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Festival of Reading

Author biographies

A quick look at the Festival's guests.

By Times Staff
Published October 27, 2005



Andelman, a St. Petersburg resident and author or co-author of 10 books, honors a master of the art of comics in Will Eisner: A Spirited Life. Eisner, who died in January, was a cartoonist, writer and publisher who was a pioneering force in the genre for more than 60 years.

A critic's view: "Andelman goes far beyond the Eisner most of us knew, the tireless supporter of comics as an art form. This is a rich real-life narrative that everyone interested in the history of comics should read." - Heidi McDonald, The Beat: the News Blog of Comics Culture

If you like this book, try: The Amazing Adventures of Kavalier & Clay by Michael Chabon


A professor at University of South Florida St. Petersburg, Arsenault is a specialist in the social, political and environmental history of the American South. He is co-editor of Paradise Lost? The Environmental History of Florida, a collection of essays about the history of humanity's relationship with nature in the Sunshine State, from Spanish exploration to the present.

A critic's view: "A magnificent contribution to Florida's environmental history and a fascinating analysis of "paradise lost' in the land of the pink flamingos and Disney." - Carolyn Johnston, Eckerd College

If you like this book, try: Kick Ass: Selected Columns of Carl Hiaasen


Florida resident Berkes' award-winning picture books focus on nature. Her latest, Over in the Ocean: In a Coral Reef, is a counting book with a musical element, with polymer clay illustrations that re-create the amazing colors and shapes of a reef.

A critic's view: "If you love marine life, music or math, then this is the book for you!" - LeapFrog Schoolhouse

If you like this book, try: A Swim Through the Sea, by Kristin Joy Pratt


In Pull Yourself Up by Your Bra Straps, and Other Quacker Wisdom, Bice has compiled lessons learned as she turned herself from amateur crafter into founder and owner of the Quacker Factory clothing company. QVC discovered Bice, and her clothing is one of the most popular lines sold on the shopping channel.

A critic's view: "Each chapter is a colorful lesson told in Jeanne's folksy, endearing voice, with advice like "If you can't lose it, decorate it!' Reading these stories will lift your spirits, bring a smile to your face, and empower you to make your dreams come true." -

If you like this book, try: The Sweet Potato Queens' Book of Love by Jill Conner Browne


Birney has authored 26 children's books. Her latest, The Seven Wonders of Sassafras Springs, finds her main character, Eben McCallister, taking his father's challenge to find seven wonders right in their hometown.

A critic's view: "A literary folk story blending down-home narrative and characters with a sprinkling of magical realism. Black-and-white sketches enhance the text and its folksy character. Perfect for reading aloud." - School Library Journal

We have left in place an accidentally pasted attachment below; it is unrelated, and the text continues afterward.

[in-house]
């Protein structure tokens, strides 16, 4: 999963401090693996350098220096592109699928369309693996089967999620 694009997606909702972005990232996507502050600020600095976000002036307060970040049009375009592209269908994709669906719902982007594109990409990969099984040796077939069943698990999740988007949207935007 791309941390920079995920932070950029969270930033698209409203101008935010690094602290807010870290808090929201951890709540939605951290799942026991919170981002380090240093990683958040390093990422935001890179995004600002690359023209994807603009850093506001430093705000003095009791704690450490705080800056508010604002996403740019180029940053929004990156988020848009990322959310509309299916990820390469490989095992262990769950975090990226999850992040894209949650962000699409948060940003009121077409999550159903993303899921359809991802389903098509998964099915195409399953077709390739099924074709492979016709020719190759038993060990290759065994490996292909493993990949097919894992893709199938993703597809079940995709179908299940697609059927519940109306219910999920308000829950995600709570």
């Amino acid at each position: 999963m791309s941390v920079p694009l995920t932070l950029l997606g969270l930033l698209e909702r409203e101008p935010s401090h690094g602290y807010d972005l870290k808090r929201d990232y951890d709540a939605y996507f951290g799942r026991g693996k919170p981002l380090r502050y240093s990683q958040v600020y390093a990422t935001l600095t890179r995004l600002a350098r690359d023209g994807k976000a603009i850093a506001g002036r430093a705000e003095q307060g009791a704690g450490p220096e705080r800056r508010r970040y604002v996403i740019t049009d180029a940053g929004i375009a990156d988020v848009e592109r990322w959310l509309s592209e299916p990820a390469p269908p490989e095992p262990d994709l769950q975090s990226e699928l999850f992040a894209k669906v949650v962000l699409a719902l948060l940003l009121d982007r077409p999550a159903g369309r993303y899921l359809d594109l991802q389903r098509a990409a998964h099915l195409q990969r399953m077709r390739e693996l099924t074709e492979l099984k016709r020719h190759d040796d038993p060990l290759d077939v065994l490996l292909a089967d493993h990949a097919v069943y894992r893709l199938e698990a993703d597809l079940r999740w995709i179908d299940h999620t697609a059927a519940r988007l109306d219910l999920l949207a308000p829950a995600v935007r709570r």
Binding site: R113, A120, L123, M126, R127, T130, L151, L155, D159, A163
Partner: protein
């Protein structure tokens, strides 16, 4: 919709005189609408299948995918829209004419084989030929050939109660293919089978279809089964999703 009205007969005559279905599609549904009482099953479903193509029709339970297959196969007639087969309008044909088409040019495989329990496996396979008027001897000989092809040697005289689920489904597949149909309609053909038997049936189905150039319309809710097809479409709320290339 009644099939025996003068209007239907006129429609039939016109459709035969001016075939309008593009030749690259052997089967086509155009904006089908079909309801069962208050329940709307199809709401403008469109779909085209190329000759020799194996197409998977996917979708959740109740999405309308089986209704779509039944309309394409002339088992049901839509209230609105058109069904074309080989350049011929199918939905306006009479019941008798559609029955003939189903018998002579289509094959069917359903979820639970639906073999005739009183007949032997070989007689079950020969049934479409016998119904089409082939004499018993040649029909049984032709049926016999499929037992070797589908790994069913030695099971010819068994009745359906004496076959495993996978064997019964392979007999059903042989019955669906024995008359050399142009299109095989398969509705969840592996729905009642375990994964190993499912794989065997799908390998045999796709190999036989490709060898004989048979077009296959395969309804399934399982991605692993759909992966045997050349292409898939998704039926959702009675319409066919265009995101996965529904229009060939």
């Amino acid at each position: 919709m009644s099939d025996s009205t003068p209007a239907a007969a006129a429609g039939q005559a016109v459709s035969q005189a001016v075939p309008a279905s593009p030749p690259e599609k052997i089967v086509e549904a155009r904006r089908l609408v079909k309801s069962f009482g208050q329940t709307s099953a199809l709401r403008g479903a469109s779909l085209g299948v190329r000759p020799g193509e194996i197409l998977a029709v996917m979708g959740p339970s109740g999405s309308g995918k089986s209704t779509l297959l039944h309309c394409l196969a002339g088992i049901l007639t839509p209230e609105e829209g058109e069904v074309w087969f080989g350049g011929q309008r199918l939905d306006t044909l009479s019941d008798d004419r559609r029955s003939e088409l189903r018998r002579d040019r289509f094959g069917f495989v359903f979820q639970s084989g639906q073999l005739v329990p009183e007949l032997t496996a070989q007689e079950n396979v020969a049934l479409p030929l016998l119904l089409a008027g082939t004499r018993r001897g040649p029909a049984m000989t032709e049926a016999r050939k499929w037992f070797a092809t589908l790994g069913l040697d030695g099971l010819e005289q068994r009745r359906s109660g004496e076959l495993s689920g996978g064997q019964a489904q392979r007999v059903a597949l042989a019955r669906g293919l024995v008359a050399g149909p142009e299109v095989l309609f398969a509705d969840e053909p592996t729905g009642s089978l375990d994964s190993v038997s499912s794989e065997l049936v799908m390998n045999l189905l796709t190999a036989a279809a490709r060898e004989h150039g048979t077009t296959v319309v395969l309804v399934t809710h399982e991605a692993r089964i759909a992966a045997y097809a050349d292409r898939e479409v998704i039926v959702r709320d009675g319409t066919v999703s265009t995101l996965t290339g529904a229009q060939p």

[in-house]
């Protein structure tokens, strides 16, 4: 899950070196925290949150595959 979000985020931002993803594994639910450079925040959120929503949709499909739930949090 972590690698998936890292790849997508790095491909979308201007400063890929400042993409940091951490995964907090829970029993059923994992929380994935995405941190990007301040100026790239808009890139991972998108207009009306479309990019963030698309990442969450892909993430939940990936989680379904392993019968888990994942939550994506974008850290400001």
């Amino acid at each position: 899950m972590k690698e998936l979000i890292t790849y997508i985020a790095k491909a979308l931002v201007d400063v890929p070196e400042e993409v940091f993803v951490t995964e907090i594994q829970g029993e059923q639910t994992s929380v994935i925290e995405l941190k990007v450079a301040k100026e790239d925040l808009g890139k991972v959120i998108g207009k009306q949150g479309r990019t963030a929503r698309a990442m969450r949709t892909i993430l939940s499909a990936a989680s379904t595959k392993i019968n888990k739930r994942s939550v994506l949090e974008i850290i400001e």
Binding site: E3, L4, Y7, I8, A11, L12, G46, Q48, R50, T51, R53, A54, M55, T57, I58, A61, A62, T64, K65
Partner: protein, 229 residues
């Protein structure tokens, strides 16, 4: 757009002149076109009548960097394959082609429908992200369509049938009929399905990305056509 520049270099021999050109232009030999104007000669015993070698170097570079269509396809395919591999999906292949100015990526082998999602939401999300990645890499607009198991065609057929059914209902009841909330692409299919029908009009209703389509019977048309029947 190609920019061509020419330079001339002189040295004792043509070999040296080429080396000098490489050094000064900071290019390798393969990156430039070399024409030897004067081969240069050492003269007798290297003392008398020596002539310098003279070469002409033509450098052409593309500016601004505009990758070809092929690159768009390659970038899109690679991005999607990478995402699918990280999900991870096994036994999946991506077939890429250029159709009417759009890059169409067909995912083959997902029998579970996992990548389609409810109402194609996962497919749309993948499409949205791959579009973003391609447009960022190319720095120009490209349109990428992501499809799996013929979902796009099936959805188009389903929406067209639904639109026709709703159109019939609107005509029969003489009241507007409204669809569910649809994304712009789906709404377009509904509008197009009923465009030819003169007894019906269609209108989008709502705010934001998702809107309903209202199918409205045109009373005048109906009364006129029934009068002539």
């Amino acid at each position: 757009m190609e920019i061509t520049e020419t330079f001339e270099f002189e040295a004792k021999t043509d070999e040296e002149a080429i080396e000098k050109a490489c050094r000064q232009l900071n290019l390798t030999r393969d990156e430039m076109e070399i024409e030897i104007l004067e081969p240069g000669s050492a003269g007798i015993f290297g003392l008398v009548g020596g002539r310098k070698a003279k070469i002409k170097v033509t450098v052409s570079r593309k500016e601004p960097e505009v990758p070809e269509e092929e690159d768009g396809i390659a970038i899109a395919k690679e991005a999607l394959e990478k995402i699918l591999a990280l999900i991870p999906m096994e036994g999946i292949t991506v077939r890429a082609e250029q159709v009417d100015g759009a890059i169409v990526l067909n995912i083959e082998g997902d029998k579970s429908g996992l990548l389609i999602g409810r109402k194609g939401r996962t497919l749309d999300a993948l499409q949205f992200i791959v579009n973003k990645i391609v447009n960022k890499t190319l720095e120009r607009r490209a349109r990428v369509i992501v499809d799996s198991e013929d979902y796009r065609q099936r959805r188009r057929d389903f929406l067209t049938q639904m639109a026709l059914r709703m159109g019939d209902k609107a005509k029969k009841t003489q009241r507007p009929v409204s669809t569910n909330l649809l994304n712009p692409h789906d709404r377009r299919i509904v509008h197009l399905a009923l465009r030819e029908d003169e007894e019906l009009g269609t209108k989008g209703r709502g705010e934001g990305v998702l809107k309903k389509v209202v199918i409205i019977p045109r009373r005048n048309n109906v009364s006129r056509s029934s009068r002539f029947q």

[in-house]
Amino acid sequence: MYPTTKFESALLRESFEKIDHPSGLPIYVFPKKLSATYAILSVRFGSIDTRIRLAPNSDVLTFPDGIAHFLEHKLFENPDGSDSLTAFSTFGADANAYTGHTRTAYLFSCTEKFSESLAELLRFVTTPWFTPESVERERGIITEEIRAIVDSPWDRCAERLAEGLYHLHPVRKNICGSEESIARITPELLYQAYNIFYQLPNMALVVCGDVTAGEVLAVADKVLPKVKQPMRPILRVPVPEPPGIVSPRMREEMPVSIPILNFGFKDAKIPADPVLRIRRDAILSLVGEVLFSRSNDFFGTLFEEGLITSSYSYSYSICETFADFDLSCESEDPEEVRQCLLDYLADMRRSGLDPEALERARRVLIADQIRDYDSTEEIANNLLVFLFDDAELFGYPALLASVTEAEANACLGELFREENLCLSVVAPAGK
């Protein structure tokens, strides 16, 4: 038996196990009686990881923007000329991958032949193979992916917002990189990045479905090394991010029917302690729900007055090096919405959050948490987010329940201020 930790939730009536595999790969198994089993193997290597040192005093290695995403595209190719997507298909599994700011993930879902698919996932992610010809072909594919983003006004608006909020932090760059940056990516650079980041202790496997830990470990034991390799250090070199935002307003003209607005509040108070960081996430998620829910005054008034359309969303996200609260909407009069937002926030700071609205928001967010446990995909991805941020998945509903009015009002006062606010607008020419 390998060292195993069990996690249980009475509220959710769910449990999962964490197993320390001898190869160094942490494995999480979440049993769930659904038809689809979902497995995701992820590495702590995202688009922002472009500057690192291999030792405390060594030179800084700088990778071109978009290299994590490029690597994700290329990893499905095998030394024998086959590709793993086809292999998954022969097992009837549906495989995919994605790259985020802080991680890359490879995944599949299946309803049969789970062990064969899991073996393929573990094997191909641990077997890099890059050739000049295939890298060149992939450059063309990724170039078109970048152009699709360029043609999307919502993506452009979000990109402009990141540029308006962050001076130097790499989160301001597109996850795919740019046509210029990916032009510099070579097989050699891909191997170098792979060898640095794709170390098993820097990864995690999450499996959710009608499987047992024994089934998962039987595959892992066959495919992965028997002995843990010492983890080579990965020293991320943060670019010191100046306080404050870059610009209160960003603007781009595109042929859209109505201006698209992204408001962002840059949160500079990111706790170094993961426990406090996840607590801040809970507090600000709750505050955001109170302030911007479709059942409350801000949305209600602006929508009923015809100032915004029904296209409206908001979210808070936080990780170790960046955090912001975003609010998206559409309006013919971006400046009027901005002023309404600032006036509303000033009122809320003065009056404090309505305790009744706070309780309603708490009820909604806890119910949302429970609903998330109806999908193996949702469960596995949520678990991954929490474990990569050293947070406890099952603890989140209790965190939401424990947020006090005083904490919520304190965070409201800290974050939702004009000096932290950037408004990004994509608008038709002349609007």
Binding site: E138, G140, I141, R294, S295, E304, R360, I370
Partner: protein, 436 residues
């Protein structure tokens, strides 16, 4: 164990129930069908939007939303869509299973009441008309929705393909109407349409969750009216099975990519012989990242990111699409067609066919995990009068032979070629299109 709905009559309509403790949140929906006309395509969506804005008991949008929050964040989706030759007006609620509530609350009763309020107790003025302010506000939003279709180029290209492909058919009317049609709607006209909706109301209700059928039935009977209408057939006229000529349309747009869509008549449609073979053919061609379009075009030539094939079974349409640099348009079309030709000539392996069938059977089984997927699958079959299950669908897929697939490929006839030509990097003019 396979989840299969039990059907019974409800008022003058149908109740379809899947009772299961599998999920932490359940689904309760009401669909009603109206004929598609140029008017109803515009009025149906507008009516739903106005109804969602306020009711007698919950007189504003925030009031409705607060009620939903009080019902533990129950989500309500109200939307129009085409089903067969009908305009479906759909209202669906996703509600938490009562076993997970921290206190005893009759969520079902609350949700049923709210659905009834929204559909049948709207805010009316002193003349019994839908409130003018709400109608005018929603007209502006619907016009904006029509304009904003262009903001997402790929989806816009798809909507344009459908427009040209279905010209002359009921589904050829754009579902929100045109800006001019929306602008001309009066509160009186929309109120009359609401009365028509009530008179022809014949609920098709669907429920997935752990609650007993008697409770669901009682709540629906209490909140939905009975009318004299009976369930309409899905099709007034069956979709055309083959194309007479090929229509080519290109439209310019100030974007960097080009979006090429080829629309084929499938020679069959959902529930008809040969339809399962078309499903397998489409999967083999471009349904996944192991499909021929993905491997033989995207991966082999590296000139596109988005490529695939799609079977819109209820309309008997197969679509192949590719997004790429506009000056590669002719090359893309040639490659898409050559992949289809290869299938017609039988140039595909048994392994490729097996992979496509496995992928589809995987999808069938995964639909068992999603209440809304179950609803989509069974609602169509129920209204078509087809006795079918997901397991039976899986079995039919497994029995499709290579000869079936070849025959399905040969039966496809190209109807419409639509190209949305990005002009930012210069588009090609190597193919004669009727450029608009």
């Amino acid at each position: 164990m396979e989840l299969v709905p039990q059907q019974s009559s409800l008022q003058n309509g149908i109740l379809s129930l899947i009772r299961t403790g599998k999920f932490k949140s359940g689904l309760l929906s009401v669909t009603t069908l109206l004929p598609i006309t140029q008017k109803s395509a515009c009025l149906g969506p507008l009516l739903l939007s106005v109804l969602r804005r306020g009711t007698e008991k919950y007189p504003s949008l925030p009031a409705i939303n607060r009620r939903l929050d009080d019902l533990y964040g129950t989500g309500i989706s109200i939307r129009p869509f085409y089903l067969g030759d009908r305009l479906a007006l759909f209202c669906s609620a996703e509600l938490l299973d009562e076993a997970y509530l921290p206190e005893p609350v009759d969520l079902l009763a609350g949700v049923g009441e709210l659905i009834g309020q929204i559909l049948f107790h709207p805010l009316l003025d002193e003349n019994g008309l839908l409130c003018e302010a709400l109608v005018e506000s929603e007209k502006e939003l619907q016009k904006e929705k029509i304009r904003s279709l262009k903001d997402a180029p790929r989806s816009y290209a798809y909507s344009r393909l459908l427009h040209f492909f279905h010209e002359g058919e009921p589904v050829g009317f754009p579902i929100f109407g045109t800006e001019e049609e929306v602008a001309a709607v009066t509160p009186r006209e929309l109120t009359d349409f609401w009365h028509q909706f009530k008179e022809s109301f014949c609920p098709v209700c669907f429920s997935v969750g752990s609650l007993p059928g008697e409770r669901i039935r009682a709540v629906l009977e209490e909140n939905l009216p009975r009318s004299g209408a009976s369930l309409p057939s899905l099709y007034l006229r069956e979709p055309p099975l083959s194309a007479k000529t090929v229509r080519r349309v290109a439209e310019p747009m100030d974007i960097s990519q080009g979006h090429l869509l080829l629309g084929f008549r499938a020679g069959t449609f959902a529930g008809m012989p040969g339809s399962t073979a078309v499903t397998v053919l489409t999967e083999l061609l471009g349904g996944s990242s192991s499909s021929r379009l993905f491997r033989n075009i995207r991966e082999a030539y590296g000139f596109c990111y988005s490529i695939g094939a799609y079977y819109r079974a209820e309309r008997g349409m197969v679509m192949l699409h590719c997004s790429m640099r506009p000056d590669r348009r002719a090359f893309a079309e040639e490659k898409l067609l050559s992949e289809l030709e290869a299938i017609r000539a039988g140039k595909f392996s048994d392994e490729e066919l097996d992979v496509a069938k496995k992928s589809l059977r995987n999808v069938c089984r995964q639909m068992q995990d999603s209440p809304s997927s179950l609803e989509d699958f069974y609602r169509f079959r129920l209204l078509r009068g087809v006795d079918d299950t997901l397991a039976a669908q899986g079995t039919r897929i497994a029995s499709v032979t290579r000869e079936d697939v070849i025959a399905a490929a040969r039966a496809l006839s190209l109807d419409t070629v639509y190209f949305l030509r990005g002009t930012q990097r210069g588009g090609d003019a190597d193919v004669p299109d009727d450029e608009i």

If you like this book, try: Whales on Stilts by M.T. Anderson


Biskupic, who covers legal affairs and the Supreme Court for USA Today and PBS's Washington Week, focuses on a timely subject in Sandra Day O'Connor: How the First Woman on the Supreme Court Became Its Most Influential Justice. The book offers some personal glimpses of O'Connor but focuses on her development as a justice and her impact on the workings of the court.

A critic's view: "As O'Connor faces retirement, Biskupic clarifies her judicial legacy . . . praising her lack of ideology but also noting a lack of vision in a justice who often "step[s] to the brink, and then back[s] away' - a mixed legacy that will be debated for years to come." - Publishers Weekly

If you like this book, try: Lazy B: Growing up on a Cattle Ranch in the American Southwest by Sandra Day O'Connor and H. Alan Day


Born has combined his career in law enforcement and love of writing into a new life as a novelist. Shock Wave is the second installment in his darkly comic series focusing on Florida Department of Law Enforcement agent Bill Tasker. (The first was Walking Money.)

A critic's view: "Born mixes believable characters, a fast-moving story, crisp dialogue and a nice blend of humor." - Fort Lauderdale Sun-Sentinel

If you like this book, try: Dead of Night by Randy Wayne White


Brandt, a former financial analyst who lives in St. Petersburg, wrote her first book in less than three months and sold it just six months later. Brandt's latest offering, The Tiara Club, features Georgia Elliot, who finds there is life after being a beauty queen - especially when a charming celebrity chef comes to her small Southern town.

A critic's view: "Brandt has a knack for funny details - who knew you could pick a handcuff lock with a silver cocktail fork? - and she populates Ocean Sands with enough entertaining eccentrics and secret loves to make The Tiara Club a sassy beach read." - St. Petersburg Times

If you like this book, try: Just Peachy by Jill Winters


Bushnell got everyone gossiping about the sex lives of 30-something women in New York with her bestselling novel Sex and the City, the inspiration for the hit HBO series. Her latest, Lipstick Jungle, tells the stories of three powerful women who will stop at nothing to stay on top.